The woman going by the name Annalisa also went to the help center at her embassy. After that she got a call and the caller asked if she wanted to earn her trip home in return for a one-night stand. She didn’t know the caller, but she did know that she had only given her number out to the Philippine embassy officer at the center.

Now she’s back home, trying to make a go of it with a small store she’s opened in Manila. Angel says she never wants to leave the Philippines again. And though her mother may not have much, says Angel, “at least I can count on her.”

​1. How many Filipino workers are there in the Middle East?

There are around 2.2 million Filipino workers in the Middle East, with over 900,000 in Saudi Arabia. Kuwait is home to approximately 268,000 Filipinas living and working in the state, often employed as housekeepers.

​2. How common is sexual abuse of Filipina workers in the Middle East?

According to an investigation done by the Committee on Workers Overseas Welfare in 2012, 70% of Filipina domestic workers in Saudi Arabia face psychological and/or physical abuse, many face sexual assault. Those numbers today are harder to distinguish, as many workers have been brought to the Middle East illegally and are not registered.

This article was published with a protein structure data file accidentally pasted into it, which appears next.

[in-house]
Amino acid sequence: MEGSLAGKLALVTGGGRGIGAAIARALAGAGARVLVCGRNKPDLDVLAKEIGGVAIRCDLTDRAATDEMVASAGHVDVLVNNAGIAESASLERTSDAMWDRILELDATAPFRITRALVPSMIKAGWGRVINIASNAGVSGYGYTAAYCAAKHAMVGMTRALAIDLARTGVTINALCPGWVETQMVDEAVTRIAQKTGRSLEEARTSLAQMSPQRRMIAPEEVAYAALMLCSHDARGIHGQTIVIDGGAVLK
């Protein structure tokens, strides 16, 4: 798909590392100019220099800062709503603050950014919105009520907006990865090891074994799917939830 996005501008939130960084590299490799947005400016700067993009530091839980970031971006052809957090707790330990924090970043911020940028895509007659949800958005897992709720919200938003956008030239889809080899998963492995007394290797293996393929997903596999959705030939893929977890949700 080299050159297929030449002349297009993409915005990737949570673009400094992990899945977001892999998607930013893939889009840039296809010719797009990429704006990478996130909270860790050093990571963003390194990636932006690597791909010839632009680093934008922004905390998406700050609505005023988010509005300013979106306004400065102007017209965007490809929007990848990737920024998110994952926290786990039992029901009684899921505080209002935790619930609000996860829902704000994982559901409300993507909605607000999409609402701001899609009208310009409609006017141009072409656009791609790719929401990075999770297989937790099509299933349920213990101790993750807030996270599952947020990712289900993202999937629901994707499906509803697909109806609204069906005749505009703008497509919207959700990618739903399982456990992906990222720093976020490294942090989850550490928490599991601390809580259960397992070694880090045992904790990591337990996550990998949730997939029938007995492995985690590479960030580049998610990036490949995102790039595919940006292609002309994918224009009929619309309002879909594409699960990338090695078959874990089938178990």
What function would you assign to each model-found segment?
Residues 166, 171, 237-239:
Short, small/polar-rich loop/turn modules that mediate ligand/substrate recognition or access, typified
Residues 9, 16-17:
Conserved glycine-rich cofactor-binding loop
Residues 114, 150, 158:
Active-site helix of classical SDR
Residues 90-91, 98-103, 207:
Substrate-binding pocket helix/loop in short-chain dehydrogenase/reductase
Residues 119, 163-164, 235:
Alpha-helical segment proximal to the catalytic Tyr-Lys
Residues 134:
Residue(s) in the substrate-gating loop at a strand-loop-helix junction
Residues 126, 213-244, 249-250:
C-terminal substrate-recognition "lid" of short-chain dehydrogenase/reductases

In February 2023, the Philippines started to limit the recruitment of workers to Kuwait, following many reports of assault as well as the murder of a domestic worker, according to Middle East Eye. Manila has since suspended the authorization of new recruitment agencies, and is now stopping workers from seeking employment in Kuwait.

​3. What is the Kafala system?

The kafala system is a legal framework that defines the relationship between migrant workers and their employers in Jordan, Lebanon, and all Arab Gulf states except Iraq. It was created to supply cheap, plentiful labor in a time of economic growth, its defenders argue that it benefits local businesses and helps drive development. Under the kafala system, states give employers sponsorship permits, which allow them to bring in foreign workers. These permits thus bind workers to their employers, which makes them more vulnerable to exploitation.

But the system has become increasingly controversial, with proof emerging that it is rife with exploitation. The lack of regulations and protections for migrant workers’ rights often results in low wages, poor working conditions, and employee abuse. Racial discrimination and gender-based violence are increasingly common for migrant workers in the Gulf.